As our telescopes improve, we can look further back into our universe's past to determine where the galaxies we see today came from. Sometimes, though, we find something that doesn’t really match with our theories. Today is one of those times.
An international team of researchers has announced the discovery of a gigantic hydrogen nebula located 10 billion light-years away. This seems to be an enormous Lyman-alpha nebula (ELAN), a rare group of gigantic gas clouds that shine thanks to the enormous energy of quasars. But this one, called MAMMOTH-1, doesn’t appear to have a quasar inside.
The study, which was accepted for publication in the Astrophysical Journal and is available online, is part of the MApping the Most Massive Overdensities Through Hydrogen (MAMMOTH – hence the object name). The same team previously discovered another ELAN called the “Slug Nebula”, which unlike MAMMOTH-1 hosts a quasar.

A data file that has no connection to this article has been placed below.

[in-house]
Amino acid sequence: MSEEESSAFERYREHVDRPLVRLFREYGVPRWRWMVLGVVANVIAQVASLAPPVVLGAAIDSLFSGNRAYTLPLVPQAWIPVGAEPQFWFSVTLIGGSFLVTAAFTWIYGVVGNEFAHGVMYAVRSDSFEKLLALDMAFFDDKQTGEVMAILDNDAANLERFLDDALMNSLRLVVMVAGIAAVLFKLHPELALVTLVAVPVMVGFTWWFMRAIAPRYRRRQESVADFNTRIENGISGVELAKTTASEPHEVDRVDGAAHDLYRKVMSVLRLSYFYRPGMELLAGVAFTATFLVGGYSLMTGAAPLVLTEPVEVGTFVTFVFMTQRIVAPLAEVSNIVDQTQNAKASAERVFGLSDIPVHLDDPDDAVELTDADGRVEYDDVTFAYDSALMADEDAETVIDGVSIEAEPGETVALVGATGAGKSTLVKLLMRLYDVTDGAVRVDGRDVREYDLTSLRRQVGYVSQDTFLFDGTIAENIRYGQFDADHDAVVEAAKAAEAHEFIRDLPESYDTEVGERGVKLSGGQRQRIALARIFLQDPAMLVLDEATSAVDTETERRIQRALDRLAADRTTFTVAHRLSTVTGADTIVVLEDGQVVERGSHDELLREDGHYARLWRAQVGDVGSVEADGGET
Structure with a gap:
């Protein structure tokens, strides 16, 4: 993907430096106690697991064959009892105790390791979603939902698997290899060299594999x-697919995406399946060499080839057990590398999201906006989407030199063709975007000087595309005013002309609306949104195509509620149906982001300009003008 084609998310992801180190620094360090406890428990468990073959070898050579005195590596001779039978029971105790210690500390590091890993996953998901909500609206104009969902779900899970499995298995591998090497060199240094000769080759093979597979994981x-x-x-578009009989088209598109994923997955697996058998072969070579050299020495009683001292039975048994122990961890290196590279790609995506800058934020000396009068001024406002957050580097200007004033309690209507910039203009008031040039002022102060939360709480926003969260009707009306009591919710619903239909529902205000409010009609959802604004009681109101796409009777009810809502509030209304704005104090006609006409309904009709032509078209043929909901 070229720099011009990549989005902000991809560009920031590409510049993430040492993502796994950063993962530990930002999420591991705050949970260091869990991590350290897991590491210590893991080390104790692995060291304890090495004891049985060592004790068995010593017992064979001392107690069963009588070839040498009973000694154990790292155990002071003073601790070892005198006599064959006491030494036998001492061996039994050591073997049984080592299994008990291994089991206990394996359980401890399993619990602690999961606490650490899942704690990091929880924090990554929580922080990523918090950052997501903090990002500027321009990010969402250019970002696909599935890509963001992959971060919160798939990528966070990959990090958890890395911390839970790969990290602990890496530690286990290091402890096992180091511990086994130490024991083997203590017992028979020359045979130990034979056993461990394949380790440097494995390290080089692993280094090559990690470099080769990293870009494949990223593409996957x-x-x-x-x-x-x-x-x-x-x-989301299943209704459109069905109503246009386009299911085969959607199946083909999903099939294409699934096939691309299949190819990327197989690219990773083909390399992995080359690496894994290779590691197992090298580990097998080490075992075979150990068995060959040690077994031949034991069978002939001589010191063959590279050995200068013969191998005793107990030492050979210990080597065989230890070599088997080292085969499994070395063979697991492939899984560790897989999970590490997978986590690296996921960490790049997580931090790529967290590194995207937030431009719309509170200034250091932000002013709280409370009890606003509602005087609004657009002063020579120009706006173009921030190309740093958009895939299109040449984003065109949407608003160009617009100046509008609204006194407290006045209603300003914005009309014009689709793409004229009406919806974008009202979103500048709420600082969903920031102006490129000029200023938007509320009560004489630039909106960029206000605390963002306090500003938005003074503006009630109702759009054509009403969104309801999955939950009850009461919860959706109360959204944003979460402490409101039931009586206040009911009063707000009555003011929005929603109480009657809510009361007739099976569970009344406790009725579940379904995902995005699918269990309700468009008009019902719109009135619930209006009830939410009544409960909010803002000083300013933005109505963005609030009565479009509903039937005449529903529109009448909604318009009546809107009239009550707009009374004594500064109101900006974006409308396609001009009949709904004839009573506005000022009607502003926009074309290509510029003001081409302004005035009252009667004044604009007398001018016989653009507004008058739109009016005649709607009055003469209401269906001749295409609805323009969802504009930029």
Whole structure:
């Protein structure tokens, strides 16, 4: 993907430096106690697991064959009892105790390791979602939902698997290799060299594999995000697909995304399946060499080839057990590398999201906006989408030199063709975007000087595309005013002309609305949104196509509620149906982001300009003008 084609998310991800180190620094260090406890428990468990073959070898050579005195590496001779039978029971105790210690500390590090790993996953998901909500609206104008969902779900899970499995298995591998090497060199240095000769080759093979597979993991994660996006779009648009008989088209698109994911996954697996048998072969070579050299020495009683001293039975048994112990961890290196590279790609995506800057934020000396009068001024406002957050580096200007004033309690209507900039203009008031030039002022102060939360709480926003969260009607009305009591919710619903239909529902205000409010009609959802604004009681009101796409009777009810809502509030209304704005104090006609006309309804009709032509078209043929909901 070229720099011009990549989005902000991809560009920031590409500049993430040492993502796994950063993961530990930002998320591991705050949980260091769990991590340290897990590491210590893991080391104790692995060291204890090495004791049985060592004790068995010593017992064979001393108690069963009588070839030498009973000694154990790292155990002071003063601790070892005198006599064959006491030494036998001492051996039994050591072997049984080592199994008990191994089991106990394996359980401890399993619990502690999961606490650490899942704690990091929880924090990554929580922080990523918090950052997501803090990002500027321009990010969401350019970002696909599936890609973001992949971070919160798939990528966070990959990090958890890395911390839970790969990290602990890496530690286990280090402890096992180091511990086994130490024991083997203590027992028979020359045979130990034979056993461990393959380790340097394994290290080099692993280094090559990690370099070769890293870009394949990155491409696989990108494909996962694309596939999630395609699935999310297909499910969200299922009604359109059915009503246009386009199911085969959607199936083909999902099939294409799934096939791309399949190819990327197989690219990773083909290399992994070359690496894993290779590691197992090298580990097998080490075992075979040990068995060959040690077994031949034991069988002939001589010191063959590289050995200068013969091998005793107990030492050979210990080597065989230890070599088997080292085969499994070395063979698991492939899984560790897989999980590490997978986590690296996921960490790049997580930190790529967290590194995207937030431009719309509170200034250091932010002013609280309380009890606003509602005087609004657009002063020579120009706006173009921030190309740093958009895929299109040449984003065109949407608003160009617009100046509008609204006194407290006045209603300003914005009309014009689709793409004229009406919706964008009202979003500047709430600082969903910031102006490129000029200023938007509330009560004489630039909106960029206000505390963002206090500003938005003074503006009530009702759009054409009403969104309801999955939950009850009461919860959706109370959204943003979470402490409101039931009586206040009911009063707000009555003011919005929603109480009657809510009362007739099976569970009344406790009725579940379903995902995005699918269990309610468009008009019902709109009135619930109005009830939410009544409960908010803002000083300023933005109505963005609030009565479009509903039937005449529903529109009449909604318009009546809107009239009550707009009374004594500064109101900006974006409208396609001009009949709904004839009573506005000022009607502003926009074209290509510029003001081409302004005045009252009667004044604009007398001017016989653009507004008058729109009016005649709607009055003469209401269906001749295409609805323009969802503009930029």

"It's extremely bright, and it's probably larger than the Slug Nebula, but there's nothing else visible except the faint smudge of a galaxy. So it's a terrifically energetic phenomenon without an obvious power source," senior author J. Xavier Prochaska, a professor from UC Santa Cruz, said in a statement. “I expect there's a quasar that is so obscured by dust that most of its light is hidden."
According to the standard cosmological model, galaxies are distributed in filaments made of dark matter. This structure, known as the cosmic web, formed quickly after the Big Bang around 13.8 billion years ago.
"From the distribution of galaxies we can infer where the filaments of the cosmic web are, and the nebula is perfectly aligned with that structure," lead author Zheng Cai, also from UC Santa Cruz, added.
MAMMOTH-1 not only looks like a junction in the local cosmic web, but it appears to be a major one. It has an unusually high concentration of protogalaxies in an area just 50 million light-years across. If we could observe it today, it would be an incredibly packed galaxy cluster only 1 million light-years across.
MAMMOTH-1 is a nice tease of what we are yet to discover. When observatories like the James Webb Space Telescope come online, they will look further back into the universe, and these now peculiar objects will likely be part of common sights from the dawn of time.
Surface brightness map of MAMMOTH-1 Cai et al., Astrophysical Journal